East-west variations in age, chemical and isotopic composition of the Laramide batholith in southern Sonora, Mexico

  • Jaime Roldán-Quintana
  • Fred W. McDowell
  • Hugo Delgado-Granados
  • Martín Valencia-Moreno
Keywords: volcanic arc, geochronology, Laramide batholith, southern Sonora, Mexico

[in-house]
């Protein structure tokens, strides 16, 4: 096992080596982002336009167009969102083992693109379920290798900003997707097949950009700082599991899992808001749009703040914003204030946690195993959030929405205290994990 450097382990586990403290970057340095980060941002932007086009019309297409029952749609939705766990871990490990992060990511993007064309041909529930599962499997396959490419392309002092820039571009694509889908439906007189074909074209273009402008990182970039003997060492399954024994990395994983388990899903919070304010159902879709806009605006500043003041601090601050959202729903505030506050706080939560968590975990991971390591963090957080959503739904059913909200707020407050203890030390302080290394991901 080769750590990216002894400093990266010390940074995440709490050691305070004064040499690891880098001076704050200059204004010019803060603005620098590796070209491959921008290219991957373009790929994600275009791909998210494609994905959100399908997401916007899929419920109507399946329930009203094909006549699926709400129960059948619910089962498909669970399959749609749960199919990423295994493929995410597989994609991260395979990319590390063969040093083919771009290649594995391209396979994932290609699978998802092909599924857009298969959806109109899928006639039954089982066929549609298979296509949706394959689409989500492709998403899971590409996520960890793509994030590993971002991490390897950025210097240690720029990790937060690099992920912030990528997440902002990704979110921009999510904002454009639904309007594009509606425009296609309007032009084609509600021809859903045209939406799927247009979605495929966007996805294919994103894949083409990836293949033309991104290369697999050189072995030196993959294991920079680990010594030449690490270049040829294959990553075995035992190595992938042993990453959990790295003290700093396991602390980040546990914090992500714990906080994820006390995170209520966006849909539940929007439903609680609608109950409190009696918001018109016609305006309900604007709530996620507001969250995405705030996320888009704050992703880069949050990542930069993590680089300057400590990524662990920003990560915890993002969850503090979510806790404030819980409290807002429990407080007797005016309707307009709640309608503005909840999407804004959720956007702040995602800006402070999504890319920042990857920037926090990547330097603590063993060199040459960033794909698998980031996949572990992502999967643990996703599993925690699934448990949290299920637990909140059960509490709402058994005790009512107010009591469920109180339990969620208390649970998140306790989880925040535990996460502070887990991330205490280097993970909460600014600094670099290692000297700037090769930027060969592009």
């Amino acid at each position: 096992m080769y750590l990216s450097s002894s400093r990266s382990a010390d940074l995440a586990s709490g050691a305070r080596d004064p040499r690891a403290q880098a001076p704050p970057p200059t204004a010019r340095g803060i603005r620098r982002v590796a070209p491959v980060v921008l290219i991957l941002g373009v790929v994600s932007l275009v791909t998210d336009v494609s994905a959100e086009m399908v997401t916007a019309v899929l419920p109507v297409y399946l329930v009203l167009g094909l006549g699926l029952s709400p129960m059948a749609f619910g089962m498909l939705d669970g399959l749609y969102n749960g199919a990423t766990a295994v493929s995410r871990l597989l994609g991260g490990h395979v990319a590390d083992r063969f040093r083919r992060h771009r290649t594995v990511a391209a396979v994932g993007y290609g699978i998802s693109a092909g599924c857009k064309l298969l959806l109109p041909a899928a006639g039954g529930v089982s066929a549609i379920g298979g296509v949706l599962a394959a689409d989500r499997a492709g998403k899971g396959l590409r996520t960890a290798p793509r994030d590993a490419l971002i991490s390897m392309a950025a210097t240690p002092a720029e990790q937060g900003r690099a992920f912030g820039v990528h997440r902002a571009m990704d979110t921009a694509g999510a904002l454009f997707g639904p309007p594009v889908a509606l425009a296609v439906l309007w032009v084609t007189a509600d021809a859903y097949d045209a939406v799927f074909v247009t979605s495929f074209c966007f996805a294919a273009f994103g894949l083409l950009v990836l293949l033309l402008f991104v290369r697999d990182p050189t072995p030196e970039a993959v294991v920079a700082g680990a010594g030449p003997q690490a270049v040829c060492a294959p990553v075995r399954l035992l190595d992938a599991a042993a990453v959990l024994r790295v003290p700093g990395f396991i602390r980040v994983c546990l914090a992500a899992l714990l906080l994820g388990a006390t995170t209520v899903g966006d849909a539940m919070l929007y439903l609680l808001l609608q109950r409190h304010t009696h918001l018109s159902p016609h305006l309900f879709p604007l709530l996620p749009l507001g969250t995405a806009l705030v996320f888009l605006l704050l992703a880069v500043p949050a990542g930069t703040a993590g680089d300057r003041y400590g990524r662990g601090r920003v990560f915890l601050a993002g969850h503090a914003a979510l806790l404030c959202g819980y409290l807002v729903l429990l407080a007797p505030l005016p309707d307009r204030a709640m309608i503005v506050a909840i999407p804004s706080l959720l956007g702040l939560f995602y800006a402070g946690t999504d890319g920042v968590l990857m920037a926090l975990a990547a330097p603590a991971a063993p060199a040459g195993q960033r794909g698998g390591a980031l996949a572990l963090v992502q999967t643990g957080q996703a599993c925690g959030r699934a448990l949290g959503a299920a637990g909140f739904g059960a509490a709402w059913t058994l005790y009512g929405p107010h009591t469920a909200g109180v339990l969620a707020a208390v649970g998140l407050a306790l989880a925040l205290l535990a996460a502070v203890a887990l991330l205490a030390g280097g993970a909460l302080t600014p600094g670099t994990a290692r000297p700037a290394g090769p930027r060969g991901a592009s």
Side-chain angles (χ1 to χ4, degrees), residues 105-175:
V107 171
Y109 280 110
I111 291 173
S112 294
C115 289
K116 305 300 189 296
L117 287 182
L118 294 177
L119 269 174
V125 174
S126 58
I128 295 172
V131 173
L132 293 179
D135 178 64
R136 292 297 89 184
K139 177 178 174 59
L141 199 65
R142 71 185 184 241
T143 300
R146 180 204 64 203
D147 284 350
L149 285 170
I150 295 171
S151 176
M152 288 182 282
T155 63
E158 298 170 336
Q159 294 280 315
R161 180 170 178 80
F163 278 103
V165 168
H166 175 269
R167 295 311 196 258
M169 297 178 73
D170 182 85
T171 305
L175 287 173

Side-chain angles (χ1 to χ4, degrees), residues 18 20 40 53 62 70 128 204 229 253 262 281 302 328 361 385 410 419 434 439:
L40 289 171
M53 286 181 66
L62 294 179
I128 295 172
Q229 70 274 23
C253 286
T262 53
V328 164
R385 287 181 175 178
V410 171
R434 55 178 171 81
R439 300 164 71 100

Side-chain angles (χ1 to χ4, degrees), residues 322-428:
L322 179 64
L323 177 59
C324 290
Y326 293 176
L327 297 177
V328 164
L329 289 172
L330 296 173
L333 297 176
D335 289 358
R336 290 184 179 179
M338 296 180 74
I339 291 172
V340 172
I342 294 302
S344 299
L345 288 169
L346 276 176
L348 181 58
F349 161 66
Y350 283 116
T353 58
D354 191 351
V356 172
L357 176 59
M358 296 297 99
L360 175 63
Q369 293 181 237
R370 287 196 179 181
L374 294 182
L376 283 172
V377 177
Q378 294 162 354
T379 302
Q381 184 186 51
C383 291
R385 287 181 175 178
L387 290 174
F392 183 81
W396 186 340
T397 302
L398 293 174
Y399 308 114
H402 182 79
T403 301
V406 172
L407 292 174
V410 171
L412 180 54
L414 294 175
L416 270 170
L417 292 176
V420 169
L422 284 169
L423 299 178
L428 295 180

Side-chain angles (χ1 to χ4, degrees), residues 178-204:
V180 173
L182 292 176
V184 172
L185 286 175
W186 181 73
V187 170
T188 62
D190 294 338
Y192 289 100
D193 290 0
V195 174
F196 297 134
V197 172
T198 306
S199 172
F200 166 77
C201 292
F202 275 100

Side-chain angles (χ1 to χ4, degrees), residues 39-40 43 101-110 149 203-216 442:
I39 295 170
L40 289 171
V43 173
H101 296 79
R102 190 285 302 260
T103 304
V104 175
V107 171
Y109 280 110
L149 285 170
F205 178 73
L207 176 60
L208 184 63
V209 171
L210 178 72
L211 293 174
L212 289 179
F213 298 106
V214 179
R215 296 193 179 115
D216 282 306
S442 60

We examined an east-west transect from the Gulf of California to the volcanic province of the Sierra Madre Occidental (28°30’N). The transect is divided into three geologic regions: 1) The coastal region (COR) is characterized by scattered exposures of Laramide plutons lying beneath the modern and late Tertiary sediments. No outcrops of the volcanic component (Tarahumara Formation) were found there; 2) The central region (CER) is dominated by widespread outcrops of both the Laramide batholith (LB) and coeval volcanic and volcaniclastic rocks. Exposures of intrusive contacts confi rm the close relationship of the plutonic and volcanic rocks there; 3) The eastern segment (SMOc) with exposures of the Laramide arc (LA) that are mostly concealed by the Tertiary Sierra Madre Occidental volcanic rocks. The plutonic rocks in the COR are granodiorite and tonalite and, further inland, they change to granodiorite and granite. Extensive hydrothermal alteration largely obscures textures in the volcanic rocks, but fresh samples range from andesite, dacite and less rhyolite. Chemically, the plutons are medium-K to high-K calc-alkaline, LREE-enriched and with relatively minor europium anomalies. K-Ar and U/Pb dating shows that plutons are older (79–83 Ma) to the west and younger to the east, where age ranges between 55 and 65 Ma throughout the remainder of the transect. The coeval volcanic facies yielded zircon U/Pb ages of 60 Ma, and 70 to 90 Ma within the CER. A younger pulse at ~50 Ma is present in the west of the SMOc region. Radiogenic Sr and Nd isotope values range from initial 87Sr/86Sr 0.70547 to 0.70715 and εNd varies from -3.3 to -6.3. All of these results are consistent with development of a subduction-related magmatic arc that was emplaced within mature continental crust. The present-day width of the arc is >300 km, which suggests development of a low-angle subduction confi guration that produced a signifi cant volume of magmatism. Although the age decreases with the distance to the plate margin, the trend is not regular, and the activity between 55 and 65 Ma is at least 200 km in width. The results also support a confi guration in which the Laramide arc of the mainland of southern Sonora is a continuation of the Peninsular Ranges batholith of Baja California. However, the LA shows signifi cant contrasts with the batholith of southern Sinaloa, which is narrower and has a larger age range. The southern Sinaloa batholith also has compositional and isotopic characteristics consistent with emplacement within a younger and less mature crustal domain (Guerrero terrane).